However, he's not big enough to slide over to shooting guard or explosive enough to be a combo guard off the bench. As a result, Machado doesn't offer a lot of versatility to an NBA team and may be best suited to a backup PG role.
No. 3: Kendall Marshall, UNC
Marshall has excellent size (6'4, 200 pounds) for a PG as well as a phenomenal 9.8 assist to 2.2 turnover ratio. But while UNC did fall apart after his season-ending wrist injury, that says as much about their other options at PG as it does about him.
He's a subpar athlete and an extremely limited scorer, and a lot of PGs (although not Larry Drew II or Stilman White) could have looked good on an uptempo Tar Heel team that featured Reggie Bullock, Harrison Barnes, John Henson and Tyler Zeller. He reminds me of Jason Kidd ... the 37-year old version.
No.4: Tyshawn Taylor, Kansas
A long and athletic 6'3, 180-pound guard, Taylor is the best defensive PG in the draft. Capable of playing both backcourt positions, he could slide into several roles for an NBA team. However, he's an inconsistent shooter and ball-handler who averaged 3.5 turnovers a game as a senior, and he'll have to become a more reliable player on and off the court to stick in the NBA.
No. 5: Tony Wroten Jr., Washington
There's no denying Wroten's talent: A phenomenal ball-handler at 6'6, 205 pounds, it's almost impossible for defenders to stay in front of him. At the same time, he's an abysmal shooter (16 percent from three, 58 percent from the free throw line) and an average athlete who has a hard time finishing in the lane. Worst of all, the ball stuck way too much hands in his time at Washington, as there's a lot of Tyreke Evans in his game.
No. 6: Marquis Teague, Kentucky
Jeff Teague's younger brother was the starting PG on a national championship team, but it's hard to say his contribution was all that vital to one of the most talented collegiate squads in recent memory. His stats (10 points on 41 percent shooting, 4.8 assists on 2.7 turnovers) don't exactly jump of the page; he's got a long way to go to reach a ceiling which I don't think is that high to begin with.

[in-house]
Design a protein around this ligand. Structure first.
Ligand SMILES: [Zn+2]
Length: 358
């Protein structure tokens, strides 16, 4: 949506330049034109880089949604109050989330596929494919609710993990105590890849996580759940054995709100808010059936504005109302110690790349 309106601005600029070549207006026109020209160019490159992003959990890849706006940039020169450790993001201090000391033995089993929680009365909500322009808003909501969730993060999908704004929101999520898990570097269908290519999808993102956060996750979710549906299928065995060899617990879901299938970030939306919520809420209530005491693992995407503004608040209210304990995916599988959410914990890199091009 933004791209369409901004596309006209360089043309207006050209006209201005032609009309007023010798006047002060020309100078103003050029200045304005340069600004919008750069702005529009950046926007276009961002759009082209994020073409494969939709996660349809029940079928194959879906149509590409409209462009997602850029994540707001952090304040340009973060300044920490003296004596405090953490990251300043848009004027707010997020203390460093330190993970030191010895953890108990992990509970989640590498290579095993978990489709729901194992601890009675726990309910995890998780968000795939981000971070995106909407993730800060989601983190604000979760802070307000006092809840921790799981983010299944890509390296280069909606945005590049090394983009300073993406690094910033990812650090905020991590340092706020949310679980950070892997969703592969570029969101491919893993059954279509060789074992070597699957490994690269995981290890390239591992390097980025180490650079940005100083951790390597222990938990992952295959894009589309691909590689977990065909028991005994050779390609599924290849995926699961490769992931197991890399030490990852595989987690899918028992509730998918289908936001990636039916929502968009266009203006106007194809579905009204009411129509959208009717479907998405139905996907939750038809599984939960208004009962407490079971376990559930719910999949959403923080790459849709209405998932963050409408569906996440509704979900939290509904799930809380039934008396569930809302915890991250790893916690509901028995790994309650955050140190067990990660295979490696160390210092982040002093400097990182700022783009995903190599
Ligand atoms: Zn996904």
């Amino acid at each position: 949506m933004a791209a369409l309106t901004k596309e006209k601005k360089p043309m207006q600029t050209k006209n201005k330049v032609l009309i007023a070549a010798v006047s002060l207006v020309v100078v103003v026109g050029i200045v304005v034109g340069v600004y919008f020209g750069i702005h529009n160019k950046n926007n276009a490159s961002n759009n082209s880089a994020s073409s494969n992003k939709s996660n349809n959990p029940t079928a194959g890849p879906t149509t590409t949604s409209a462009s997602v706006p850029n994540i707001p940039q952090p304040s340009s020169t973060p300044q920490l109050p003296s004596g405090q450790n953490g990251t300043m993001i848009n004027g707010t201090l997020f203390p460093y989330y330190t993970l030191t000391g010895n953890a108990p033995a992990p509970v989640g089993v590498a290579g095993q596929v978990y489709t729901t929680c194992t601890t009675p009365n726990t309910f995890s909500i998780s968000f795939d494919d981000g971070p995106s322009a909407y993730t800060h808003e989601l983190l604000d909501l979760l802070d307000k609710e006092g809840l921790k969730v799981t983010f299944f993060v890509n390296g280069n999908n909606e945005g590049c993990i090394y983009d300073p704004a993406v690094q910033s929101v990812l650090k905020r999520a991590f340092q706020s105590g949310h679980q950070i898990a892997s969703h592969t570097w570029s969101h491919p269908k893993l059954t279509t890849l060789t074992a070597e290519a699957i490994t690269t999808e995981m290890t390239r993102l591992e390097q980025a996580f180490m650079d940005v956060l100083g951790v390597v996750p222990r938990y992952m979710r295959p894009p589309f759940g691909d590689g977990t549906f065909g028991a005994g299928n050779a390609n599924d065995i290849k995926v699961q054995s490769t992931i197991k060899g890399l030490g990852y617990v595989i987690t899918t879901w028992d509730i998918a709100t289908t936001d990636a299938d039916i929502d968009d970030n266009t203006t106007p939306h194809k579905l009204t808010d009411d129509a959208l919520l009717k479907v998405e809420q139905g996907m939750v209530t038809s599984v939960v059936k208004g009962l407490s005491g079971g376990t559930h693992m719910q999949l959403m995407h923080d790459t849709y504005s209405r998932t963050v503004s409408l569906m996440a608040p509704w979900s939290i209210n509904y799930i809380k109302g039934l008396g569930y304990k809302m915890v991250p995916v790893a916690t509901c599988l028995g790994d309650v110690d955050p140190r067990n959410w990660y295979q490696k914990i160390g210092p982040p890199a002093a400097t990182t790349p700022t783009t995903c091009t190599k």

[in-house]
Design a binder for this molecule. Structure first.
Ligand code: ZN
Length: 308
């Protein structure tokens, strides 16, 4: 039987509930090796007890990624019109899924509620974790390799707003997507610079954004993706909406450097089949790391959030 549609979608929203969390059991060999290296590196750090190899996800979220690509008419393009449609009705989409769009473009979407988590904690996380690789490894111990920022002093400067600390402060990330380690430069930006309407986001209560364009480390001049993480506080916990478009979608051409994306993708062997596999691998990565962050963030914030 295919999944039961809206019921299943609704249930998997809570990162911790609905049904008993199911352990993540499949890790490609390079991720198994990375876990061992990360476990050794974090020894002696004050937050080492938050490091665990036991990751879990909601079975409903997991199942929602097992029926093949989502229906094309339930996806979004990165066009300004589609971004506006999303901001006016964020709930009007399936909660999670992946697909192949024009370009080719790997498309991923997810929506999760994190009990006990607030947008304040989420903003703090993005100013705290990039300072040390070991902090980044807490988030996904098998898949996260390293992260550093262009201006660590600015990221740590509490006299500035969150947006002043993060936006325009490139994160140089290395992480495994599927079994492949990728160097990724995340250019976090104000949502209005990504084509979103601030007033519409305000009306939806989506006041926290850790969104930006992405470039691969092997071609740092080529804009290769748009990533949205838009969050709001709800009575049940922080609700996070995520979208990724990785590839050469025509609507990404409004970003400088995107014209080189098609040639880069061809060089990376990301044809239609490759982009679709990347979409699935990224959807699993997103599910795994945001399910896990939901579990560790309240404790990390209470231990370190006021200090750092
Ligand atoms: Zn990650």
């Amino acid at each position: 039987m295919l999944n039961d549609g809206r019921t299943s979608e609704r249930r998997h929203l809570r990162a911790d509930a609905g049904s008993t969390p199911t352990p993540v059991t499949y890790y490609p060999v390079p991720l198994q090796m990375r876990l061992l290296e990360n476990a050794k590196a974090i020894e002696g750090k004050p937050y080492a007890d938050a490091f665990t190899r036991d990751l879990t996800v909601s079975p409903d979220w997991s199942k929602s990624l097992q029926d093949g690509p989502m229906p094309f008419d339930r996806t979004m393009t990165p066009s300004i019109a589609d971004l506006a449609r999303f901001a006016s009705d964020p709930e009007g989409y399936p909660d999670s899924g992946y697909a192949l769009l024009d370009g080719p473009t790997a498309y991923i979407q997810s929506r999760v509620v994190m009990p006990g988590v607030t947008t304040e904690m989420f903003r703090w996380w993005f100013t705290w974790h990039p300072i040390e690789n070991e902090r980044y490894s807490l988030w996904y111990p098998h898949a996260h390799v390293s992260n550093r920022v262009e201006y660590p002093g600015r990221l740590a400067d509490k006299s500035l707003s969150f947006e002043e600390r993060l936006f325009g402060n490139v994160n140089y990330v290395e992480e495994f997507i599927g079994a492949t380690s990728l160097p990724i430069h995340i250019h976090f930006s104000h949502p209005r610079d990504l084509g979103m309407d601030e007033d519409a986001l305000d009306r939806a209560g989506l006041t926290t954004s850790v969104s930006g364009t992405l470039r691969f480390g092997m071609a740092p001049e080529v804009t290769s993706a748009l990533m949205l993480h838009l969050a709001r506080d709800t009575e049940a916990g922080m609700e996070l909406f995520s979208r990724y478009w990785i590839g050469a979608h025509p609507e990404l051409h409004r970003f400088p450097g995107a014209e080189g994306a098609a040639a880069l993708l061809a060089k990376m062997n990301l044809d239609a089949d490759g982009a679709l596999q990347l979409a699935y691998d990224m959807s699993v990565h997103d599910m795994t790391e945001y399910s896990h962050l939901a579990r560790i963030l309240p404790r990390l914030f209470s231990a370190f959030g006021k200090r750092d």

No. 7: Terrell Stoglin, Maryland
A natural scorer at 6'0, 185 pounds, Stoglin is crafty, quick and has a lightning-quick release on his three-point shot (38 percent). While he's not a true point guard, he's a better decision-maker than his sophomore season (1.9 assists to 2.3 turnovers) indicated, as he had to carry a huge offensive burden on a relatively punchless Maryland team. As a freshman, with Jordan Williams on the inside, he had a more respectable 3.3 assists to 1.9 turnover ratio.
No. 8: Marcus Denmon, Missouri
Denmon is an exceptional athlete who can play suffocating defense (1.5 steals) and knock down three-pointers (40 percent). However, his size (6'2, 190 pounds) means he'll only be able to match up with PGs in the NBA, which is a problem as he's neither a playmaker nor a shot creator. As a result, Denmon only makes sense on a team who runs their offense through a 2 or a 3.
No. 9: Jordan Taylor, Wisconsin
Taylor is a consummate floor general who quarterbacked Bo Ryan's deliberate half-court offense with a career ratio of 3.4 assists to 1.1 turnovers. At 6'1, 190 pounds, he's not athletic enough to get into the lane at the next level, but his outside shot (37 percent from long range) will force defenses to respect him. A savvy player who could carve out a career as a reserve PG.
No. 10: Tu Holloway, Xavier
Holloway had an illustrious college career, but unathletic 5'11, 190-pound point guards have no margin for error to make the NBA. He's a crafty scorer (17.5 points on 43 percent shooting) and a solid shooter from three (35 percent), but his 4.9 assist to 3.0 turnover ratio is pretty high for a player who won't be a difference maker defensively. He may be zipping up people in Europe next season.
Missed the cut: Darius Johnson-Odom (Marquette), Dee Bost (Mississippi State), J'Covan Brown (Texas), Jason Clark (Georgetown), Maalik Wayns (Villanova)
On Friday: top 10 shooting guards.